4. A method as set forth in claim 1, wherein the ammonium condensate of a tetrakishydroxymethyl phosphonium compound is represented by the following formula; ##STR2## wherein X stands for Cl, 1/2SO4 or OH.
5. A method as set forth in claim 1, wherein the methylolmelamine is selected from the group consisting of hexamethylolmelamine and trimethylolmelamine.
6. A method as set forth in claim 1, wherein the guanidine salt is selected from the group consisting of guanidine phosphate and guanidine hdyrochloride.
7. A method as set forth in claim 1, wherein the treating agent is applied as an aqueous solution containing the compounds (1), (2) and (3).
8. A method as set forth in claim 1, wherein the microwave irradiation is carried out at a frequency of 2450 MHz and an output of 0.2 to 20 kW for 10 to 60 minutes, in the presence of steam under a direct steam pressure of 0.1 to 3 kg/cm2.
9. A method as set forth in claim 1, wherein the heating with high-pressure steam is carried out with saturated steam for 10 to 60 minutes.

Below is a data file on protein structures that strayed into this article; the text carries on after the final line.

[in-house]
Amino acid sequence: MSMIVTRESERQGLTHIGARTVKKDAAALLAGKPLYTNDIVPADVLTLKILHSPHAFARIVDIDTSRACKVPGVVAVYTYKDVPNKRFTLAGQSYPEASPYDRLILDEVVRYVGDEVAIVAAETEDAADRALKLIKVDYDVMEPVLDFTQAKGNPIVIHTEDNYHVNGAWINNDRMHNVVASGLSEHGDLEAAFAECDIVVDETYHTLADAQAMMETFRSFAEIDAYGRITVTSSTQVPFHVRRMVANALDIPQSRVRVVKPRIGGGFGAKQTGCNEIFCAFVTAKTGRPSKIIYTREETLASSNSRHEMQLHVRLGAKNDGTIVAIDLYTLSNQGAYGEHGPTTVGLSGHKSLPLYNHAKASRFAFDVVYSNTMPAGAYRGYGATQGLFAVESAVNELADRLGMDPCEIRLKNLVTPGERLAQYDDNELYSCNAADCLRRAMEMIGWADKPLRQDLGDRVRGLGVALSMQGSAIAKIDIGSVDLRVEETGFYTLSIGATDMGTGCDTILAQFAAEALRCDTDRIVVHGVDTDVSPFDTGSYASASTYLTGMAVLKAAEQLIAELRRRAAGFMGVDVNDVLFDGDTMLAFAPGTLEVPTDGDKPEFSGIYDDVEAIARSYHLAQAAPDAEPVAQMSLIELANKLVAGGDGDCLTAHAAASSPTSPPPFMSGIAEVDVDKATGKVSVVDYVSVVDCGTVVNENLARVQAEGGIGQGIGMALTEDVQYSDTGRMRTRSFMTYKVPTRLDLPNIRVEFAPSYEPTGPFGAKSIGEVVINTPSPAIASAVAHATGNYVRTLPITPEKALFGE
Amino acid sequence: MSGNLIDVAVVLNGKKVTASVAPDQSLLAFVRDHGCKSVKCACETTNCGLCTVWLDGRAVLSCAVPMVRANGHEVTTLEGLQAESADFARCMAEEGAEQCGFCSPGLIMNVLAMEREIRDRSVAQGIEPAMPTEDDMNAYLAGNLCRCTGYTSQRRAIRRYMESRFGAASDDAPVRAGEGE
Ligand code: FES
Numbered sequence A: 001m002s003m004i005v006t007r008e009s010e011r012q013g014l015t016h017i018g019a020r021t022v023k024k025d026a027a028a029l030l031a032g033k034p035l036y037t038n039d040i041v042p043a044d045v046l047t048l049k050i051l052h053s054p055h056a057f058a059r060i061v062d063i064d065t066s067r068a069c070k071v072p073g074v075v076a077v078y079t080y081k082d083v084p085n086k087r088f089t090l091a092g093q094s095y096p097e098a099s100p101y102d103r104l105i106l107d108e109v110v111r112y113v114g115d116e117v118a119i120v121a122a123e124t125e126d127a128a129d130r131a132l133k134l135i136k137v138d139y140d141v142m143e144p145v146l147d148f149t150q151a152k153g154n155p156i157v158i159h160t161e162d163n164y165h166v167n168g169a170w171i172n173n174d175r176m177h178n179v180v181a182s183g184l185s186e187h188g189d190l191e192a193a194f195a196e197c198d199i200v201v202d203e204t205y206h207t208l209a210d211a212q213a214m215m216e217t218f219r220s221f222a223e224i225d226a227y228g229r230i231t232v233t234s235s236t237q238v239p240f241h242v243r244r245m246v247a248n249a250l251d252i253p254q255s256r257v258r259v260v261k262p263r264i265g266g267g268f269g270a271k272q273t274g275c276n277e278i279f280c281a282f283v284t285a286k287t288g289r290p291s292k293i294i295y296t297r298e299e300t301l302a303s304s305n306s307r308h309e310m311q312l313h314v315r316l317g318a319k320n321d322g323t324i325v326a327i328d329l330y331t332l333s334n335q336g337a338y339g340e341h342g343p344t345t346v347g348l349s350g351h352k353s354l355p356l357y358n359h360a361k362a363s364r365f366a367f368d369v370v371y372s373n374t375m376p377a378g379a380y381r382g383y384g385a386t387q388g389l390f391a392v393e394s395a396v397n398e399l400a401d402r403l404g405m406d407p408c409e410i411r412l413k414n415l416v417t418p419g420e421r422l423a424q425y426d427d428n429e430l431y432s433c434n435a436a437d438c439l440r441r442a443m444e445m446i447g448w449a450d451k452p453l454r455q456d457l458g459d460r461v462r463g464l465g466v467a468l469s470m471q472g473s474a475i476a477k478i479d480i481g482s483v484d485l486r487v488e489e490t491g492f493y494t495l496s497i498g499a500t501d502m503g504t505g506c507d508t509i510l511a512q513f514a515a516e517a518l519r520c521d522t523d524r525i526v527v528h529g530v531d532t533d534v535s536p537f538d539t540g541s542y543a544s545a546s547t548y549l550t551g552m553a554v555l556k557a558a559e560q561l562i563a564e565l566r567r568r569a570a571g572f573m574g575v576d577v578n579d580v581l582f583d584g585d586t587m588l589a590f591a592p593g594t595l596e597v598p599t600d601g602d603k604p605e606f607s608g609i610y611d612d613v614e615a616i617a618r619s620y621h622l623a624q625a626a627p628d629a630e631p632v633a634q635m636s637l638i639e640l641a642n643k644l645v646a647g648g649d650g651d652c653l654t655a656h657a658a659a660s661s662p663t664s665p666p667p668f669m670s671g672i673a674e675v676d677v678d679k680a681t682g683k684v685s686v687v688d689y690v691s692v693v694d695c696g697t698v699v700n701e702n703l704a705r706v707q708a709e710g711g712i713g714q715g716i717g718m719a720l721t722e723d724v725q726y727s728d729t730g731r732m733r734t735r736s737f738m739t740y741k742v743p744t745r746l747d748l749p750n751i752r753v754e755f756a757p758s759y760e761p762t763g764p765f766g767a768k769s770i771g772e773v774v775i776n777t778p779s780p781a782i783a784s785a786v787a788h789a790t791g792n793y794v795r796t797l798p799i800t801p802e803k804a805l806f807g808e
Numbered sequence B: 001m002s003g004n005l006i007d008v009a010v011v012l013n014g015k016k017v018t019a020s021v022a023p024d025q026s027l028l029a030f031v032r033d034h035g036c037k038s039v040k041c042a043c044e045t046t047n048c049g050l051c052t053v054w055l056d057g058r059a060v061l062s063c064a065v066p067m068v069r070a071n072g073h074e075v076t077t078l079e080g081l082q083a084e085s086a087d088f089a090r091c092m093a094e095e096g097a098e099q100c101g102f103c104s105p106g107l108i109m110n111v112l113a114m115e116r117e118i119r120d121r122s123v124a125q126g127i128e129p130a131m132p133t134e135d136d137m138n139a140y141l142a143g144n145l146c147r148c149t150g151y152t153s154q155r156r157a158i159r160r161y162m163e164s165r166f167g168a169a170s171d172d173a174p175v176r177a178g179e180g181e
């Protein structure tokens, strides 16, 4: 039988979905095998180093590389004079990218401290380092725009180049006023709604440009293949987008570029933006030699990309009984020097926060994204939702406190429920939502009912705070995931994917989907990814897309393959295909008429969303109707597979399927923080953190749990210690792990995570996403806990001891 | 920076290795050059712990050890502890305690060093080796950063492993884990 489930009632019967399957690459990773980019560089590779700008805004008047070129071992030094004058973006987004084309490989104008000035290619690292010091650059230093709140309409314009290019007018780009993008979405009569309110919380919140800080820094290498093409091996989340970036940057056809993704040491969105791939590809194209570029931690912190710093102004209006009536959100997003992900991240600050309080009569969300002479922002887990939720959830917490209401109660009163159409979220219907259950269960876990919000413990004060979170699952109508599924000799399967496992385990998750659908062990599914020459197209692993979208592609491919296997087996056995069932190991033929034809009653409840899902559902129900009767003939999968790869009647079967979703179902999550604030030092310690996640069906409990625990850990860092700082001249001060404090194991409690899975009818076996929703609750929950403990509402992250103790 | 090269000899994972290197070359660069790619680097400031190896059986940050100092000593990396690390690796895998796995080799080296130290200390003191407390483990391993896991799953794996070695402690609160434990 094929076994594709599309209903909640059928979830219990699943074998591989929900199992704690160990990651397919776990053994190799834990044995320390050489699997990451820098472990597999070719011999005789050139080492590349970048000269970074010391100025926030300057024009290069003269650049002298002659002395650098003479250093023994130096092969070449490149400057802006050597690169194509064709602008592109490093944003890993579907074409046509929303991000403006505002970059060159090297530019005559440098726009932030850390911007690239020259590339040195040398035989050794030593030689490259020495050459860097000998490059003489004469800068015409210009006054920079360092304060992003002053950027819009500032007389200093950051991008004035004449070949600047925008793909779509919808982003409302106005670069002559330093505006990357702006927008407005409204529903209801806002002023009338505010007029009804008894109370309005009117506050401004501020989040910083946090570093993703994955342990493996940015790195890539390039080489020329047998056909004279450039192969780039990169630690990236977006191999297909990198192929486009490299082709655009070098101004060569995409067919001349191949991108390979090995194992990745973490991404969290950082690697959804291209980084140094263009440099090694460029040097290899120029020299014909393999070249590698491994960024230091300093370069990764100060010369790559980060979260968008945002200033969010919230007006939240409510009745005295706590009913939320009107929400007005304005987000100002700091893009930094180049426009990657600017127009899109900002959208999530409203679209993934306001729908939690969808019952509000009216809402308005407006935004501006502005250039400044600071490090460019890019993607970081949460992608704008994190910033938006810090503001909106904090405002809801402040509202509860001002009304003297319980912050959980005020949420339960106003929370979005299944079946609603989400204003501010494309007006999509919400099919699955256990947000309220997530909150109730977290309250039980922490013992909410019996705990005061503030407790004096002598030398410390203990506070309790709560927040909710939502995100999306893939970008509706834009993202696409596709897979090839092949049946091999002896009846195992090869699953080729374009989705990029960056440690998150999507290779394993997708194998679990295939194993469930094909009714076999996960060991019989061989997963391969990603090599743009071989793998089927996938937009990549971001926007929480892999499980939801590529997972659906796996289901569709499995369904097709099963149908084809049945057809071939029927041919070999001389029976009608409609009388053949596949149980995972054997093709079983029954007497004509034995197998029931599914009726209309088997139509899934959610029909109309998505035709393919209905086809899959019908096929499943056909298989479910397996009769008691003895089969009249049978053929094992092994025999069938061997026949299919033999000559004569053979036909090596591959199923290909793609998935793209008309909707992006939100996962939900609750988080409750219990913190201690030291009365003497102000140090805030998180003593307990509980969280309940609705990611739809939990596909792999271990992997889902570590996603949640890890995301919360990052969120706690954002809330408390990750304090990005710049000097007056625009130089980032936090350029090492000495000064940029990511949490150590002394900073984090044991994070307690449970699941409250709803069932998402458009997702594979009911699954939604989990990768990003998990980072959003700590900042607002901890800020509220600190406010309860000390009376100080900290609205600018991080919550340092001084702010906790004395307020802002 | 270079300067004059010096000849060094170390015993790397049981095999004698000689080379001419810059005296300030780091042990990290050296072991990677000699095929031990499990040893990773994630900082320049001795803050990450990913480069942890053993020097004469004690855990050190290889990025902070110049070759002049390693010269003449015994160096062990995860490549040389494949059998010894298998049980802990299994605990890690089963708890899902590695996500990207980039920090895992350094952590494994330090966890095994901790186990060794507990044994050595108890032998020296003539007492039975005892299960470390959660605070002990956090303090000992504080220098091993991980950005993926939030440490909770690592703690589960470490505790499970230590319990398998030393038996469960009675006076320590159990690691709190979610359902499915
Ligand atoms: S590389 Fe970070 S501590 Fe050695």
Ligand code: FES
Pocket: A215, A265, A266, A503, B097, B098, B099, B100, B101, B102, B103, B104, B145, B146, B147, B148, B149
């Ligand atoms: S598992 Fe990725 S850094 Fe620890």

Description
BACKGROUND OF THE INVENTION

(1) Field of the Invention

The present invention relates to a method for the treatment of fibrous materials. More particularly, the present invention relates to a method for the treatment of fibrous materials for imparting a durable flame retardancy to a fibrous material composed of a cellulose fiber or a mixture of a cellulose fiber and other fibers.

(2) Description of the Related Art

As the conventional means for imparting a durable flame retardancy to a fibrous material composed solely of a cellulose fiber, there can be mentioned a Proban method (Albright & Willson Co.) in which the fibrous material is ammonia-cured with a tetrakishydroxymethyl sulfonium salt-urea precondensate, a method in which the fibrous material is treated by heat-reacting N-hydroxymethyl-3-dimethylphosphonopropionamide (Pyorovatex CP supplied by Ciba-Geigy) with a methylolmelamine type compound, and a method in which the fibrous material is treated by polymerizing a vinyl phosphonate oligomer (Fyrol 76 supplied by Stauffer Chemical Co.) and N-methylolacrylamide in the presence of a catalyst.